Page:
Chinese Premier Li Keqiang (center) listens a question from a journalist during a press conference after the closing session of the National People's Congress in Beijing's Great Hall of the People on March 15, 2019. Photo: AFP / Fred Dufour

Emerging Asia outperformed both the core Morgan Stanley Capital International gauge and other regions in the first quarter with an 11% jump, mainly due to the 30% surge in China “A” shares, the best result in five years. All other components were in the mid- to high-single-digit range, with Malaysia the sole loser, with a less than 1% decline.

India and Indonesia averaged a 5% gain as investors awaited the outcome of April national elections, while Thailand was up 6.5% as party haggling may persist over the next government’s formation, with the military again set to dominate through surprising voter support. Vietnam (+13%) led frontier markets, on actual and perceived trade diversion there from the deep US-China tiff, while Bangladesh (+7%) survived the failure of an Islamic bank and Sri Lanka was barely positive, with its International Monetary Fund program extended another year.

Pakistan (+7.5) may rejoin the frontier list informally as it negotiates another IMF arrangement following Chinese and Gulf credits, with possible temporary capital controls to hoard foreign reserves.


The China share bump, including 18% in the basic and Hong Kong-listed category, can be attributed to higher stock and bond index weightings, early-year currency and growth stabilization, and a pause in export and foreign direct investment disputes with Western partners, but underpinnings are shaky.

The Asian Development Bank (ADB) before its annual meeting, which underscored the extent of commercial and diplomatic hostilities with Venezuela as a test case as Washington pressed for participation by the opposition led by Juan Guaidó, slashed its forecast for Asia regional GDP expansion to 5.8% this year. It cited uncertainty over global trade policy, as the World Trade Organization predicted just 3% increased volume, and “sharper slowdowns” in China and other major countries as overriding risks.

The National People’s Congress reiterated China’s 6-6.5% growth target, as the official Purchasing Managers’ Index topped the neutral 50 mark in March, despite export orders down for the 10th month in a row. In January and February, industrial output and retail sales rose 5% and 8% respectively, while mobile-phone and car purchases plunged 15%.

Fixed-asset investment as the long-standing driver was up by just over 5%, and unemployment reached that same level for a two-year peak.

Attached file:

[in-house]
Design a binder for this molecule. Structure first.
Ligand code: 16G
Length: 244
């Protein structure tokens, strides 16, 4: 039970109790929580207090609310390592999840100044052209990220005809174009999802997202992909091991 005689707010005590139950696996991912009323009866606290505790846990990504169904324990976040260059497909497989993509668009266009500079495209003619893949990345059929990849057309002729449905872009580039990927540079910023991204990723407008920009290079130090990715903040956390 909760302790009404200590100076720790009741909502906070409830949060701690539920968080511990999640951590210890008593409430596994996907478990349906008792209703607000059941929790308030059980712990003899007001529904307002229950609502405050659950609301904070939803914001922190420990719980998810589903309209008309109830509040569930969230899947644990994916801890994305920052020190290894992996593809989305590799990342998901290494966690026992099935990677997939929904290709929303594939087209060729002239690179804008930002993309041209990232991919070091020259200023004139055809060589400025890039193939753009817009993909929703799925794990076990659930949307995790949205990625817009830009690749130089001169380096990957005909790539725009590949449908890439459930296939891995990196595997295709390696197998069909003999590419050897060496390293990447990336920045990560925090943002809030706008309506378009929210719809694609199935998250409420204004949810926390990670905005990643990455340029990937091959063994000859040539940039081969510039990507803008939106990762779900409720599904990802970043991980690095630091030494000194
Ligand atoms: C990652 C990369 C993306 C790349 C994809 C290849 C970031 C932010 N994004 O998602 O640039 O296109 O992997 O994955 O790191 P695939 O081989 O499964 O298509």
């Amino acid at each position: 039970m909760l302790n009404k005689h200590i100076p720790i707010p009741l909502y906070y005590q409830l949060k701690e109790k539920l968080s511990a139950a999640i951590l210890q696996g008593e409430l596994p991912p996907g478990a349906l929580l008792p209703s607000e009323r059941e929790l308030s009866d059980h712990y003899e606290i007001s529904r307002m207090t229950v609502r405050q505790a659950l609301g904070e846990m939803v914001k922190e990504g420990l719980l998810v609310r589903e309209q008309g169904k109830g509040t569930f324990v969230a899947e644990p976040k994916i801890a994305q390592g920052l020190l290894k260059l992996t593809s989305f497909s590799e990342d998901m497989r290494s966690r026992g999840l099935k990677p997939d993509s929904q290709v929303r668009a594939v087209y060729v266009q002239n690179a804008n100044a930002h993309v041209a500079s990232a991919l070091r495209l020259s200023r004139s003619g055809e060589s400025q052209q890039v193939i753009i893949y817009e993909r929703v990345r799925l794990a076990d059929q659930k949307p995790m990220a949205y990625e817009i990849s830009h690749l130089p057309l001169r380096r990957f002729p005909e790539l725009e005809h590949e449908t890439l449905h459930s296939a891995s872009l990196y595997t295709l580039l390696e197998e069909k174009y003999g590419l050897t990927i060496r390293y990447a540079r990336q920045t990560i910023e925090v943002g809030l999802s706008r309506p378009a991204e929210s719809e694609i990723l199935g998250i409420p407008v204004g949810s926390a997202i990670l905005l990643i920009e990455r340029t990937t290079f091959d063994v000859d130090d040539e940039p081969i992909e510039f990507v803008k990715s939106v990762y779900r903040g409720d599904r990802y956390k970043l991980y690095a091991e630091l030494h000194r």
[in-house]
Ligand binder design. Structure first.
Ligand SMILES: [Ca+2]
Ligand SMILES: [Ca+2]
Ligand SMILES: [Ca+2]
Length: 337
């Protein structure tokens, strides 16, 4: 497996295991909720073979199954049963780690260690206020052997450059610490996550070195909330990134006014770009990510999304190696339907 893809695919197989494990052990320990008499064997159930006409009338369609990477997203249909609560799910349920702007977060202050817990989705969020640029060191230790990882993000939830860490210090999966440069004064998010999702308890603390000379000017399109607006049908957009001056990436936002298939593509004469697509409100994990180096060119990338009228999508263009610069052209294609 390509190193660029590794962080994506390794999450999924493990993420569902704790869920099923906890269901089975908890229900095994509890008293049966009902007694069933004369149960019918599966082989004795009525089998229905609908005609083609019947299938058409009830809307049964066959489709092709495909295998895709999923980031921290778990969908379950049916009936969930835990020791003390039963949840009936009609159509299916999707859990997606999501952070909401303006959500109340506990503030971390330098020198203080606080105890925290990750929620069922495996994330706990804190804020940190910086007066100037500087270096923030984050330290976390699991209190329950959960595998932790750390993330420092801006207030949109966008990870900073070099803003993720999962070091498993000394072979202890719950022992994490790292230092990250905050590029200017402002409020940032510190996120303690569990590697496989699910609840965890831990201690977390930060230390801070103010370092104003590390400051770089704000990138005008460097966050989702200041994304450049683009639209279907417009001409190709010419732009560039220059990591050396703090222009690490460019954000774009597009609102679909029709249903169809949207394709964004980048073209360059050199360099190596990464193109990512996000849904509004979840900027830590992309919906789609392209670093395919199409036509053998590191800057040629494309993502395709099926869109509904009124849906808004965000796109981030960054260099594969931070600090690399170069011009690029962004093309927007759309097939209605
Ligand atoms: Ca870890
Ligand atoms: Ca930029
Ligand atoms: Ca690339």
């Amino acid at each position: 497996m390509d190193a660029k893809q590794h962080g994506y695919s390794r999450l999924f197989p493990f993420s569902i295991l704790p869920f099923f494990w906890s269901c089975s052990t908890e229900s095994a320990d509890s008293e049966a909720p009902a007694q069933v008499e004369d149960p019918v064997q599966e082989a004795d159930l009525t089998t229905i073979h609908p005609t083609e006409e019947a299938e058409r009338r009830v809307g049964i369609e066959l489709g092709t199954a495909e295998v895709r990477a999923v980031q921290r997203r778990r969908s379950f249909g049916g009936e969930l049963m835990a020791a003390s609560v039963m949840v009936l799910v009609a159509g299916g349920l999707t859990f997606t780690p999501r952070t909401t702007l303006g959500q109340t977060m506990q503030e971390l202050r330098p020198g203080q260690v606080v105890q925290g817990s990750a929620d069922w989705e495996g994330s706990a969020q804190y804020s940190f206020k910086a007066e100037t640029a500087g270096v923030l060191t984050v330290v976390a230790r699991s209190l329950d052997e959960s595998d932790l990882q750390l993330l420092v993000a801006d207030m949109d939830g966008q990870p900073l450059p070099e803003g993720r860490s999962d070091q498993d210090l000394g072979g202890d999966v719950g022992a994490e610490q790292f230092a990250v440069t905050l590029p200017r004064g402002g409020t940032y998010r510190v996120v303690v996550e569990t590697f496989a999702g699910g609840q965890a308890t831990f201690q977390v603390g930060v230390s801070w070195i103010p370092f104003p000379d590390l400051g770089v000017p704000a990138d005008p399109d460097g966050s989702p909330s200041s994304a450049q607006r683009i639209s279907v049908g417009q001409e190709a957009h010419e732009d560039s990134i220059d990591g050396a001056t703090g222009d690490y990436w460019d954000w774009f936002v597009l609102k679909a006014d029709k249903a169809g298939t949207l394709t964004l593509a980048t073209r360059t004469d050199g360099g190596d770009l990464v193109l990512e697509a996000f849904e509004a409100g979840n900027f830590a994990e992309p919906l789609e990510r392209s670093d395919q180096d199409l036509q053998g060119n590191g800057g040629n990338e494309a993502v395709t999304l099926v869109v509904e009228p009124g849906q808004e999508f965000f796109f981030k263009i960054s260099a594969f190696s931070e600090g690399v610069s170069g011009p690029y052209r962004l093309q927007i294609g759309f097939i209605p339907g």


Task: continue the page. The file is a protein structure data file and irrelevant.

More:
The yuan strengthened 2% against the US dollar over the quarter, as analysts now believe the previous presumed drop to 7 is unlikely, especially if a currency understanding features in an eventual tariff deal with the administration of US President Donald Trump. The Chinese central bank reported reserves at a six-month high of $3.1 trillion in February, and affirmed a “bigger market role” in exchange-rate determination.

Of the $20 billion in foreign stock-market inflows in the first two months, $17 billion came through the Hong Kong Connect, and MSCI expects the pace to continue with an $80 billion “A” share allocation by year-end.

However, at the Communist Party of China gathering, Premier Li Keqiang revealed that three-quarters of the country’s provinces had lowered their growth goals, as the Chinese Academy of Social Sciences (CASS) think-tank estimated that broad public debt from the central and local governments and state enterprises approached 150% of gross domestic product.

The separate private-sector Beige Book found that first-quarter corporate borrowing was the steepest since 2013, and called bank deleveraging claims “laughable.” Former central bank head Zhou Xiaochuan, who held the post until the 2008 financial crisis, warned that lessons on excess debt from Japan’s “lost decade” have not been absorbed. Total social credit, including from shadow sources, is still advancing at a 10% annual clip, as onshore and offshore bond defaults begin to spread to also hurt equity values.


India’s 7% climb lagged the MSCI benchmark’s 9.5% before the mid-April election kickoff, and the ruling coalition led by the Bharatiya Janata Party (BJP) may not win a majority, according to early readings. The ADB kept its growth forecast above 7% for this year, as the Indian central bank downgraded its 2019-20 forecast slightly to 7.2%.

Consumer price inflation was 2.5% in February, allowing a 25-basis-point interest-rate cut before the polls.

The rupee mirrored the yuan with a 2% first-quarter uptick versus the dollar, with the current-account deficit hovering at 2.5% of GDP.

Fitch maintained its lowest investment-grade sovereign rating, but urged fiscal consolidation, bank cleanup and faster structural reform in a presumed second term for Prime Minister Narendra Modi. That lasting formula is in order for the Asian equity rally to continue, in contrast to the flickering confidence to date.

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